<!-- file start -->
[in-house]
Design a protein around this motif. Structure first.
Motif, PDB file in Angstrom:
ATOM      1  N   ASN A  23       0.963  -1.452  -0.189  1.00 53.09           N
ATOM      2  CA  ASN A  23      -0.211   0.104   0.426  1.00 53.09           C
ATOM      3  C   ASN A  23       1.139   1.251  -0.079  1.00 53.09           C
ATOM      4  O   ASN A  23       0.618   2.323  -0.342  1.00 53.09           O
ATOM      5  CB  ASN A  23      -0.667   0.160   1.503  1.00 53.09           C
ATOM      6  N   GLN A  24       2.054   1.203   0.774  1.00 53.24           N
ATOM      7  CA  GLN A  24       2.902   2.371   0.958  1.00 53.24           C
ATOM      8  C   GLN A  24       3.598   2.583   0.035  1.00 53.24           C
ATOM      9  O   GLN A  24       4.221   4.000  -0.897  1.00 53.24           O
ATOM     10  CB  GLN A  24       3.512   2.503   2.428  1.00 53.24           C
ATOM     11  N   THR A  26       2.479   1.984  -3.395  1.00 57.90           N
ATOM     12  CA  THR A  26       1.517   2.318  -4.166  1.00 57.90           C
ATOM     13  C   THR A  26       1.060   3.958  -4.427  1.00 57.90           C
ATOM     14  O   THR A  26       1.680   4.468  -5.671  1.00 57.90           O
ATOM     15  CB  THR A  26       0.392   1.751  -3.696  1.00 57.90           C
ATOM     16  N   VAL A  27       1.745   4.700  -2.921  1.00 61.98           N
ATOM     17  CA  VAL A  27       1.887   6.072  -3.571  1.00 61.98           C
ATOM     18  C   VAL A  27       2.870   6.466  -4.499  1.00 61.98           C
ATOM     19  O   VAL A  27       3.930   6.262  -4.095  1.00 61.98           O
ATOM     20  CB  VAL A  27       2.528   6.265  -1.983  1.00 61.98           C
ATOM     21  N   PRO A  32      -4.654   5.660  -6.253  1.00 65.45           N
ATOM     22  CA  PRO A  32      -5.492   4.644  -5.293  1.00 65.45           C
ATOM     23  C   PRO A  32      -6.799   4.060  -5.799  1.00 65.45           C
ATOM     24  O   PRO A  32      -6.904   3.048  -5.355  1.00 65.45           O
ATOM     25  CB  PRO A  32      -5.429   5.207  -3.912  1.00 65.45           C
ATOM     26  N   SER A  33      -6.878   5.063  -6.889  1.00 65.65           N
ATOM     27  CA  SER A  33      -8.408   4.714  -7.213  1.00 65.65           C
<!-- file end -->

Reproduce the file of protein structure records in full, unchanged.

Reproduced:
[in-house]
Design a protein around this motif. Structure first.
Motif, PDB file in Angstrom:
ATOM      1  N   ASN A  23       0.963  -1.452  -0.189  1.00 53.09           N
ATOM      2  CA  ASN A  23      -0.211   0.104   0.426  1.00 53.09           C
ATOM      3  C   ASN A  23       1.139   1.251  -0.079  1.00 53.09           C
ATOM      4  O   ASN A  23       0.618   2.323  -0.342  1.00 53.09           O
ATOM      5  CB  ASN A  23      -0.667   0.160   1.503  1.00 53.09           C
ATOM      6  N   GLN A  24       2.054   1.203   0.774  1.00 53.24           N
ATOM      7  CA  GLN A  24       2.902   2.371   0.958  1.00 53.24           C
ATOM      8  C   GLN A  24       3.598   2.583   0.035  1.00 53.24           C
ATOM      9  O   GLN A  24       4.221   4.000  -0.897  1.00 53.24           O
ATOM     10  CB  GLN A  24       3.512   2.503   2.428  1.00 53.24           C
ATOM     11  N   THR A  26       2.479   1.984  -3.395  1.00 57.90           N
ATOM     12  CA  THR A  26       1.517   2.318  -4.166  1.00 57.90           C
ATOM     13  C   THR A  26       1.060   3.958  -4.427  1.00 57.90           C
ATOM     14  O   THR A  26       1.680   4.468  -5.671  1.00 57.90           O
ATOM     15  CB  THR A  26       0.392   1.751  -3.696  1.00 57.90           C
ATOM     16  N   VAL A  27       1.745   4.700  -2.921  1.00 61.98           N
ATOM     17  CA  VAL A  27       1.887   6.072  -3.571  1.00 61.98           C
ATOM     18  C   VAL A  27       2.870   6.466  -4.499  1.00 61.98           C
ATOM     19  O   VAL A  27       3.930   6.262  -4.095  1.00 61.98           O
ATOM     20  CB  VAL A  27       2.528   6.265  -1.983  1.00 61.98           C
ATOM     21  N   PRO A  32      -4.654   5.660  -6.253  1.00 65.45           N
ATOM     22  CA  PRO A  32      -5.492   4.644  -5.293  1.00 65.45           C
ATOM     23  C   PRO A  32      -6.799   4.060  -5.799  1.00 65.45           C
ATOM     24  O   PRO A  32      -6.904   3.048  -5.355  1.00 65.45           O
ATOM     25  CB  PRO A  32      -5.429   5.207  -3.912  1.00 65.45           C
ATOM     26  N   SER A  33      -6.878   5.063  -6.889  1.00 65.65           N
ATOM     27  CA  SER A  33      -8.408   4.714  -7.213  1.00 65.65           C